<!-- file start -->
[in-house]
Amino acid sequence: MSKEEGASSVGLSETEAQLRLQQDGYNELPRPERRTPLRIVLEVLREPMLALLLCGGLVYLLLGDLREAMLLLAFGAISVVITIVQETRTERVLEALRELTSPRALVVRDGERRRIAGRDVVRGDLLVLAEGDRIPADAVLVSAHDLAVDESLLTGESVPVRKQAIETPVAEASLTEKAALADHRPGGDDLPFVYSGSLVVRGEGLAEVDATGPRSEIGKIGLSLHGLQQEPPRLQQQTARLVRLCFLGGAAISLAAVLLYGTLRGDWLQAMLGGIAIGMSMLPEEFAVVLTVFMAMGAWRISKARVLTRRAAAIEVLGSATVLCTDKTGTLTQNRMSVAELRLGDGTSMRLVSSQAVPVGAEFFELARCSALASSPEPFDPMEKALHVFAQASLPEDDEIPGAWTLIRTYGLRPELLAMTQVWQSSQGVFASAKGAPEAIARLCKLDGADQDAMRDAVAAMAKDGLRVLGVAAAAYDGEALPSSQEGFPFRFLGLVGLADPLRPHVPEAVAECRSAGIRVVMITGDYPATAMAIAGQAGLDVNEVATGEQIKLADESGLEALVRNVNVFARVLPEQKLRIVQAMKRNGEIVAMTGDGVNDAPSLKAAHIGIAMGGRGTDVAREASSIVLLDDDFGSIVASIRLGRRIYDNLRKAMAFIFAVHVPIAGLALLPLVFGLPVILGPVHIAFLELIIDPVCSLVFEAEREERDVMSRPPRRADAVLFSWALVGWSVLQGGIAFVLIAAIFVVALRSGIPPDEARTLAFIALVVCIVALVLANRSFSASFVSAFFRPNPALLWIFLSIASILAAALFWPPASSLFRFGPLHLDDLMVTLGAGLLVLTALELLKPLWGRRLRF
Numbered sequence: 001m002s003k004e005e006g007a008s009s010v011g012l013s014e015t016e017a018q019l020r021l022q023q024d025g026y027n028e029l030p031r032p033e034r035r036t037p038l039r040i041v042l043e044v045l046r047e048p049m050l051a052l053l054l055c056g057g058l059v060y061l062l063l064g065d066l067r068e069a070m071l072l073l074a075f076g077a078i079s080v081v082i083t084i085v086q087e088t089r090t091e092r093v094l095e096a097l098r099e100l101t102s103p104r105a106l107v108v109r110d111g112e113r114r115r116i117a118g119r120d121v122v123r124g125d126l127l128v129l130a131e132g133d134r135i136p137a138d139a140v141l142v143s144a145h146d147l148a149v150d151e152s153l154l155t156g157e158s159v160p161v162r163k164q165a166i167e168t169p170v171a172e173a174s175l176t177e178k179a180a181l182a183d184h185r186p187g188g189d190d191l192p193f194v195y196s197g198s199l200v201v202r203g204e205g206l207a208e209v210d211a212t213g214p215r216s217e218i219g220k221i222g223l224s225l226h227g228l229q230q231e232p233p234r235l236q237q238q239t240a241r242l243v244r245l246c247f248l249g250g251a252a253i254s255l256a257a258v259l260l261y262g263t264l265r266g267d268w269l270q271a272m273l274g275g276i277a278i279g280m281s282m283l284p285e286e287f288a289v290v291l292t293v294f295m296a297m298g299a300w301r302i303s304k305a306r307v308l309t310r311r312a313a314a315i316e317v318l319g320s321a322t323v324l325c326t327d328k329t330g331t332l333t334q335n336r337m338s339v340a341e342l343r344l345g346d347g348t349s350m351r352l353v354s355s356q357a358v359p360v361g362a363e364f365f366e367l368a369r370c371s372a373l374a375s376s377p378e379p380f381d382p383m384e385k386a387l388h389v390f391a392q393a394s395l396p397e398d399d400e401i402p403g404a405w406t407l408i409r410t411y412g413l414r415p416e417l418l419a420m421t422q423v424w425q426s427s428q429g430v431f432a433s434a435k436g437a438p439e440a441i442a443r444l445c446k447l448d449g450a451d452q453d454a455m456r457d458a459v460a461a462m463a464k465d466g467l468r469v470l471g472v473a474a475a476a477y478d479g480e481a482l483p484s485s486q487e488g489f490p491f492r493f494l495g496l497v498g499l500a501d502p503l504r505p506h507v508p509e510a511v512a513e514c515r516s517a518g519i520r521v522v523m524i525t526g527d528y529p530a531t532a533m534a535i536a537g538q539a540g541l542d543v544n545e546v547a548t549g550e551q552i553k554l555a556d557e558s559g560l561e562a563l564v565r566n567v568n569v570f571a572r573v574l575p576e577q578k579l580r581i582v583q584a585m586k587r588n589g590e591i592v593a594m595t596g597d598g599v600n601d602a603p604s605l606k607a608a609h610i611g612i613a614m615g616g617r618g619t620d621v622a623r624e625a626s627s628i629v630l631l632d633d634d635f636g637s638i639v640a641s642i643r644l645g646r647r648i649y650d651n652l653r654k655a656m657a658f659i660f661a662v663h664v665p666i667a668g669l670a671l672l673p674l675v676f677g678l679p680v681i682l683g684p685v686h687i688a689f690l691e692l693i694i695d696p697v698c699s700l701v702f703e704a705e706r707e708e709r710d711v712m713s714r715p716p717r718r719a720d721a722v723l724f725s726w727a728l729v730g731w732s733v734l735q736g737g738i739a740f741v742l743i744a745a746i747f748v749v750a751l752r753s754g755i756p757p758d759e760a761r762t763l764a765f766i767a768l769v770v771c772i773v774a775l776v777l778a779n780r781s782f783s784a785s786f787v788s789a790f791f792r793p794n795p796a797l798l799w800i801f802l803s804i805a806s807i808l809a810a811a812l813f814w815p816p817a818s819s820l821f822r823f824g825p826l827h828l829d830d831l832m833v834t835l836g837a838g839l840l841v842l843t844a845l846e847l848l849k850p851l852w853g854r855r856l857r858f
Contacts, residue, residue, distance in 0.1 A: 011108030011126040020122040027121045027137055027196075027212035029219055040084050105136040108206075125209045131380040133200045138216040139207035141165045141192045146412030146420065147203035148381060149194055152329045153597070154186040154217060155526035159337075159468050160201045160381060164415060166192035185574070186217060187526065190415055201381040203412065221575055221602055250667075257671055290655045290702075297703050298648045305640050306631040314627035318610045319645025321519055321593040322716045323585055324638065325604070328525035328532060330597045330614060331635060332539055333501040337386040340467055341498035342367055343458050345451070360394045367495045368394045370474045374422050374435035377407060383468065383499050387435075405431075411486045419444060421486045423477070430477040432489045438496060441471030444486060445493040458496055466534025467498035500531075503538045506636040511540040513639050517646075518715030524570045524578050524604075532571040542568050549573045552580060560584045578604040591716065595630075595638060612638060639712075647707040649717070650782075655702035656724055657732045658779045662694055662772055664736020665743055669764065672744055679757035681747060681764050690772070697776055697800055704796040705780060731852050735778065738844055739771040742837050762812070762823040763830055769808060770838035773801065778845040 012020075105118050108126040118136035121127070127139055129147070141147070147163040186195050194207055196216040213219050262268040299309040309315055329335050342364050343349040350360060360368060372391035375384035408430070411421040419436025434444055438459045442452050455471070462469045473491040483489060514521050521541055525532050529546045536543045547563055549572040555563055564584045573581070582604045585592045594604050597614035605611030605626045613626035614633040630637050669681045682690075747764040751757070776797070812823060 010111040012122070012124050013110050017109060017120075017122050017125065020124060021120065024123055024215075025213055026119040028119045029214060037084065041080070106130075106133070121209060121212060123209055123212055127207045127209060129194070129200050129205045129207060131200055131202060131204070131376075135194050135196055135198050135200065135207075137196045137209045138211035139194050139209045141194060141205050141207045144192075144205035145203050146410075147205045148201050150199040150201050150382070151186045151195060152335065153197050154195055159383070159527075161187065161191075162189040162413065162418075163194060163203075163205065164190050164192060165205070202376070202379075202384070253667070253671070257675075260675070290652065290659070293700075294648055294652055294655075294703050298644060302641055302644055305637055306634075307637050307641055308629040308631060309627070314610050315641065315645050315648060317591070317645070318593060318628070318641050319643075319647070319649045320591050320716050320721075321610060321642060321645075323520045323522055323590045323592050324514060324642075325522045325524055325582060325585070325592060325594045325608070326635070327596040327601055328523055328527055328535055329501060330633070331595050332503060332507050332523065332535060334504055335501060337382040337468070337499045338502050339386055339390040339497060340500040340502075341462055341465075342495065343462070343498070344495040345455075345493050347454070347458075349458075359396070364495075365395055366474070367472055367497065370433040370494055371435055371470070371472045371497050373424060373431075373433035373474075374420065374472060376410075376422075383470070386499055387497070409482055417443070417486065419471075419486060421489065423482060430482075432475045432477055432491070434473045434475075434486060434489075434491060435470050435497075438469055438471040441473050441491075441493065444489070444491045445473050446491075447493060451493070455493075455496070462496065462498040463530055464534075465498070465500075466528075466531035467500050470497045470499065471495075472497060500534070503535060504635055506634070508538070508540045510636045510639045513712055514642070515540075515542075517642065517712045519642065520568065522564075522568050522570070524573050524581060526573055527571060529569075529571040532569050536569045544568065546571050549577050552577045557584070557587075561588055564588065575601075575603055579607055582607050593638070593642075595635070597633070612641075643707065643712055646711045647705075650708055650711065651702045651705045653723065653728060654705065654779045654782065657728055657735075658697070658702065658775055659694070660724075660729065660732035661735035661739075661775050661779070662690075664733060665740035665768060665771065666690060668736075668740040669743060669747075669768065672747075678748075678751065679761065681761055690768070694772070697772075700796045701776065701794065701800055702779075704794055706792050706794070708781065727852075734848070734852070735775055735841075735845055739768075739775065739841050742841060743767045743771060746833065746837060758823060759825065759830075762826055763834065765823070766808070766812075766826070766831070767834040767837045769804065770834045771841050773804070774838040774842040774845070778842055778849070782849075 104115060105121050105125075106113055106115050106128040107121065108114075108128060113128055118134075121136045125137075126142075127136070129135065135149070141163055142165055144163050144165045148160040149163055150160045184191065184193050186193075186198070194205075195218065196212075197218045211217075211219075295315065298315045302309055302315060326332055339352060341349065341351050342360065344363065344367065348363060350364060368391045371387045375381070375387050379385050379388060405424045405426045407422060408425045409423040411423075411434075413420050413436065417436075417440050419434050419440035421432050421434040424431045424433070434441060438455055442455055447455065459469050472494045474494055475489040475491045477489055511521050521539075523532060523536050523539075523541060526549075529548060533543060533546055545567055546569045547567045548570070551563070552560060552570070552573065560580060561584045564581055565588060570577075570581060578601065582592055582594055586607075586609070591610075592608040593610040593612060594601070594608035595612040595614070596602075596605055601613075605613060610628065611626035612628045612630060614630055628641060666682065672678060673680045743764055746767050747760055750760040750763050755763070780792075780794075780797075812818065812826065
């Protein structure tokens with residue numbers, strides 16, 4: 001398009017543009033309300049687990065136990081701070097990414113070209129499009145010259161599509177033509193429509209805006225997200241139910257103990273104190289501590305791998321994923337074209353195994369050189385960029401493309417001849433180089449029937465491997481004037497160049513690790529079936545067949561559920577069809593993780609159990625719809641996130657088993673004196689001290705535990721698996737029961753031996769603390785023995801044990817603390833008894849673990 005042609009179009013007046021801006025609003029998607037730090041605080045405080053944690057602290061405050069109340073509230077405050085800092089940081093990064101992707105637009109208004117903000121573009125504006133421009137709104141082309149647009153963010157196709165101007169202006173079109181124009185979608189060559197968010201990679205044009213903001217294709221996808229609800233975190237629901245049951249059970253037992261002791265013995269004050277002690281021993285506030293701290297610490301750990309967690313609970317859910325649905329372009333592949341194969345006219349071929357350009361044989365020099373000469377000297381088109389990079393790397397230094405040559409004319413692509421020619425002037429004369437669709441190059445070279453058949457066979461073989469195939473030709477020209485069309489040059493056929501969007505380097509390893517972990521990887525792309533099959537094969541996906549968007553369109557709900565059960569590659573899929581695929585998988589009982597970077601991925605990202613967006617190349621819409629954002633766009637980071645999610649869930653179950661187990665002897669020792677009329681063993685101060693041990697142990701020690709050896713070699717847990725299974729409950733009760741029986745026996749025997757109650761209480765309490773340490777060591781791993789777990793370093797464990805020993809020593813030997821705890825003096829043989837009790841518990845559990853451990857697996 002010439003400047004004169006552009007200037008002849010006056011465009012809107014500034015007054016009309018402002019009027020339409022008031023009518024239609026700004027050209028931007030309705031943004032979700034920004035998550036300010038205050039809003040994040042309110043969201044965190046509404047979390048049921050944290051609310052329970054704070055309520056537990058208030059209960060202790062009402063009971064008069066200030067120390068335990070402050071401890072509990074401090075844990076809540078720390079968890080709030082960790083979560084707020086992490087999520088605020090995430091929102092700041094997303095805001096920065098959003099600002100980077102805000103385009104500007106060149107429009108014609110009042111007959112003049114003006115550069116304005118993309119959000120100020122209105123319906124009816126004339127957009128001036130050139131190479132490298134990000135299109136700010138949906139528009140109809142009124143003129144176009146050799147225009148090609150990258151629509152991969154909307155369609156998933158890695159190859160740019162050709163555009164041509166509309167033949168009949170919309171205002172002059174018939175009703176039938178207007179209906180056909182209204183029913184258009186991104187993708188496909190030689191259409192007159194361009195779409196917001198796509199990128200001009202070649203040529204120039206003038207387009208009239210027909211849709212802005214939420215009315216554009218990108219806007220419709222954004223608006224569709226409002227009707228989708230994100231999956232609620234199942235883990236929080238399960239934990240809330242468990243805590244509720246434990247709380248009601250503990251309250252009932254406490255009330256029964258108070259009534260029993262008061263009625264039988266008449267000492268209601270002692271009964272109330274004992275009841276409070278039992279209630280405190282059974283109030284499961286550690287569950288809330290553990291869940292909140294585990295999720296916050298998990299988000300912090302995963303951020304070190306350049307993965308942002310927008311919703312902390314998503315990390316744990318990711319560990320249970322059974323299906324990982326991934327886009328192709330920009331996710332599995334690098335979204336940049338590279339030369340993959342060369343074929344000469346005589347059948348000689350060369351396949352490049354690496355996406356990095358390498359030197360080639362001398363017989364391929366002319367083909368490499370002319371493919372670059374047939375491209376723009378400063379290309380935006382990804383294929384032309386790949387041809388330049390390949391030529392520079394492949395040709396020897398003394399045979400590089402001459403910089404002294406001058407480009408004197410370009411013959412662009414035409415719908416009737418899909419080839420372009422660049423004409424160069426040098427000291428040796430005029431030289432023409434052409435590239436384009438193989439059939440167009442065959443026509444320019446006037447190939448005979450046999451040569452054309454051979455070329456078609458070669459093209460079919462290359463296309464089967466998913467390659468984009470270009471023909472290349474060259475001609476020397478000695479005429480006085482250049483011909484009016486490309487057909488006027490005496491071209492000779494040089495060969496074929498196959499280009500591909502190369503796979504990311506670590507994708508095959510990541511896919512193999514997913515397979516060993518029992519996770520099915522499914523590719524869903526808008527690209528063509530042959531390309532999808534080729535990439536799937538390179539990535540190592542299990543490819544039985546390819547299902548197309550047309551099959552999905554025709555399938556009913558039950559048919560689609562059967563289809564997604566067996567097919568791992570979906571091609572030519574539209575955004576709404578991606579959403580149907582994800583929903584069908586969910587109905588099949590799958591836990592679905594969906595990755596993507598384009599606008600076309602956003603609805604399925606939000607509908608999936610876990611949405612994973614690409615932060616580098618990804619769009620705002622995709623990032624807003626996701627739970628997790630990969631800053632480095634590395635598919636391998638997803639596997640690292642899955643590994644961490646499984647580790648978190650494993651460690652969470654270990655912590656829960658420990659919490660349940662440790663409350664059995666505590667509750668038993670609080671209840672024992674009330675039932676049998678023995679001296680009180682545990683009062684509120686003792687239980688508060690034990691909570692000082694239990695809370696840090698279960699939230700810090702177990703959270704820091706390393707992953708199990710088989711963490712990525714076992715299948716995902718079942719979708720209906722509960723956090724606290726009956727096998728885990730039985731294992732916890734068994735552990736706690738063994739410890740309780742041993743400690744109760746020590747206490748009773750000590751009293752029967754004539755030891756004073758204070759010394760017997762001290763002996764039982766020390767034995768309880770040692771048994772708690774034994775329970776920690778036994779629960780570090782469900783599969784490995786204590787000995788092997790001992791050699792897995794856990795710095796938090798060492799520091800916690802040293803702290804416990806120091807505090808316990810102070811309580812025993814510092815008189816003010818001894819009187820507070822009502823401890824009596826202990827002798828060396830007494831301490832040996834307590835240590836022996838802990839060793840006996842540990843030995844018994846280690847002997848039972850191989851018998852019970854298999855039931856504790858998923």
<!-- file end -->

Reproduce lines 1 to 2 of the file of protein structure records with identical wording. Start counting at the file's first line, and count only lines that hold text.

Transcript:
[in-house]
Amino acid sequence: MSKEEGASSVGLSETEAQLRLQQDGYNELPRPERRTPLRIVLEVLREPMLALLLCGGLVYLLLGDLREAMLLLAFGAISVVITIVQETRTERVLEALRELTSPRALVVRDGERRRIAGRDVVRGDLLVLAEGDRIPADAVLVSAHDLAVDESLLTGESVPVRKQAIETPVAEASLTEKAALADHRPGGDDLPFVYSGSLVVRGEGLAEVDATGPRSEIGKIGLSLHGLQQEPPRLQQQTARLVRLCFLGGAAISLAAVLLYGTLRGDWLQAMLGGIAIGMSMLPEEFAVVLTVFMAMGAWRISKARVLTRRAAAIEVLGSATVLCTDKTGTLTQNRMSVAELRLGDGTSMRLVSSQAVPVGAEFFELARCSALASSPEPFDPMEKALHVFAQASLPEDDEIPGAWTLIRTYGLRPELLAMTQVWQSSQGVFASAKGAPEAIARLCKLDGADQDAMRDAVAAMAKDGLRVLGVAAAAYDGEALPSSQEGFPFRFLGLVGLADPLRPHVPEAVAECRSAGIRVVMITGDYPATAMAIAGQAGLDVNEVATGEQIKLADESGLEALVRNVNVFARVLPEQKLRIVQAMKRNGEIVAMTGDGVNDAPSLKAAHIGIAMGGRGTDVAREASSIVLLDDDFGSIVASIRLGRRIYDNLRKAMAFIFAVHVPIAGLALLPLVFGLPVILGPVHIAFLELIIDPVCSLVFEAEREERDVMSRPPRRADAVLFSWALVGWSVLQGGIAFVLIAAIFVVALRSGIPPDEARTLAFIALVVCIVALVLANRSFSASFVSAFFRPNPALLWIFLSIASILAAALFWPPASSLFRFGPLHLDDLMVTLGAGLLVLTALELLKPLWGRRLRF